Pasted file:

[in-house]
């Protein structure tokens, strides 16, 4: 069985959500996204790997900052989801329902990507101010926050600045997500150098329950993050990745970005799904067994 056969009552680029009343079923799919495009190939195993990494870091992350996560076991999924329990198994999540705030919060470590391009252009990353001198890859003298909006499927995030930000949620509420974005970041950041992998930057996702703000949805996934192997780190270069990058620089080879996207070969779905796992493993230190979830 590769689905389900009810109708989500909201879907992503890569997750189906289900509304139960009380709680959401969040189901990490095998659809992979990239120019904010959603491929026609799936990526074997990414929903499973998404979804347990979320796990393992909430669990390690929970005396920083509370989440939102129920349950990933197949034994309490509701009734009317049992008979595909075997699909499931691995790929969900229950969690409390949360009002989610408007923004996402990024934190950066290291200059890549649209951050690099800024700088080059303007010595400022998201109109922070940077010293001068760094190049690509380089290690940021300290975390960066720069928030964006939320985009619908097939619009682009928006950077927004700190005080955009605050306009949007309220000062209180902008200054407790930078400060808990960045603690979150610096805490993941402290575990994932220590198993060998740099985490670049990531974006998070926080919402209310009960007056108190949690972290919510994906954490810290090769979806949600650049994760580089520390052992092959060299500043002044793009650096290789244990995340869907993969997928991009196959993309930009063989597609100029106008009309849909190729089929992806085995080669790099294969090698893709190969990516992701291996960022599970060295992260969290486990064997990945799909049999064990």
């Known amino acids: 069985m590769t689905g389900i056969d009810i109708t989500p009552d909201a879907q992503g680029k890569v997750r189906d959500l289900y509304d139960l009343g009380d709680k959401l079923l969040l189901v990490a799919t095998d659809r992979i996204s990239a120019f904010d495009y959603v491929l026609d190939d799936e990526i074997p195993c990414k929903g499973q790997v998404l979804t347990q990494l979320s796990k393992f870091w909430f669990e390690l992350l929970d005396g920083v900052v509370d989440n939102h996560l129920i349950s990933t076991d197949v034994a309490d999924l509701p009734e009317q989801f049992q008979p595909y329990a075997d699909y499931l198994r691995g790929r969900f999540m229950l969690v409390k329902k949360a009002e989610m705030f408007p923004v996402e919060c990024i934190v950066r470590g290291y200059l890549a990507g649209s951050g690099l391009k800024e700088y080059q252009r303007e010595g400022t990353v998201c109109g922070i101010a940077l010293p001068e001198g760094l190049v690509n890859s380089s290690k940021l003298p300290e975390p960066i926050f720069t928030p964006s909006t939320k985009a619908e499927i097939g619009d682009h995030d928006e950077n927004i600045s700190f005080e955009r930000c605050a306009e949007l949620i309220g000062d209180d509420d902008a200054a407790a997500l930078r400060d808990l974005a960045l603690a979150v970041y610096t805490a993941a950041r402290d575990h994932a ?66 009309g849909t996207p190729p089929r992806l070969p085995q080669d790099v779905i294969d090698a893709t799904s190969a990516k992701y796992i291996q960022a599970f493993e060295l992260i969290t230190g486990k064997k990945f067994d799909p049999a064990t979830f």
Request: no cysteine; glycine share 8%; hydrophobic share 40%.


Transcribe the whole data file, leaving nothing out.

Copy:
[in-house]
């Protein structure tokens, strides 16, 4: 069985959500996204790997900052989801329902990507101010926050600045997500150098329950993050990745970005799904067994 056969009552680029009343079923799919495009190939195993990494870091992350996560076991999924329990198994999540705030919060470590391009252009990353001198890859003298909006499927995030930000949620509420974005970041950041992998930057996702703000949805996934192997780190270069990058620089080879996207070969779905796992493993230190979830 590769689905389900009810109708989500909201879907992503890569997750189906289900509304139960009380709680959401969040189901990490095998659809992979990239120019904010959603491929026609799936990526074997990414929903499973998404979804347990979320796990393992909430669990390690929970005396920083509370989440939102129920349950990933197949034994309490509701009734009317049992008979595909075997699909499931691995790929969900229950969690409390949360009002989610408007923004996402990024934190950066290291200059890549649209951050690099800024700088080059303007010595400022998201109109922070940077010293001068760094190049690509380089290690940021300290975390960066720069928030964006939320985009619908097939619009682009928006950077927004700190005080955009605050306009949007309220000062209180902008200054407790930078400060808990960045603690979150610096805490993941402290575990994932220590198993060998740099985490670049990531974006998070926080919402209310009960007056108190949690972290919510994906954490810290090769979806949600650049994760580089520390052992092959060299500043002044793009650096290789244990995340869907993969997928991009196959993309930009063989597609100029106008009309849909190729089929992806085995080669790099294969090698893709190969990516992701291996960022599970060295992260969290486990064997990945799909049999064990």
């Known amino acids: 069985m590769t689905g389900i056969d009810i109708t989500p009552d909201a879907q992503g680029k890569v997750r189906d959500l289900y509304d139960l009343g009380d709680k959401l079923l969040l189901v990490a799919t095998d659809r992979i996204s990239a120019f904010d495009y959603v491929l026609d190939d799936e990526i074997p195993c990414k929903g499973q790997v998404l979804t347990q990494l979320s796990k393992f870091w909430f669990e390690l992350l929970d005396g920083v900052v509370d989440n939102h996560l129920i349950s990933t076991d197949v034994a309490d999924l509701p009734e009317q989801f049992q008979p595909y329990a075997d699909y499931l198994r691995g790929r969900f999540m229950l969690v409390k329902k949360a009002e989610m705030f408007p923004v996402e919060c990024i934190v950066r470590g290291y200059l890549a990507g649209s951050g690099l391009k800024e700088y080059q252009r303007e010595g400022t990353v998201c109109g922070i101010a940077l010293p001068e001198g760094l190049v690509n890859s380089s290690k940021l003298p300290e975390p960066i926050f720069t928030p964006s909006t939320k985009a619908e499927i097939g619009d682009h995030d928006e950077n927004i600045s700190f005080e955009r930000c605050a306009e949007l949620i309220g000062d209180d509420d902008a200054a407790a997500l930078r400060d808990l974005a960045l603690a979150v970041y610096t805490a993941a950041r402290d575990h994932a ?66 009309g849909t996207p190729p089929r992806l070969p085995q080669d790099v779905i294969d090698a893709t799904s190969a990516k992701y796992i291996q960022a599970f493993e060295l992260i969290t230190g486990k064997k990945f067994d799909p049999a064990t979830f």
Request: no cysteine; glycine share 8%; hydrophobic share 40%.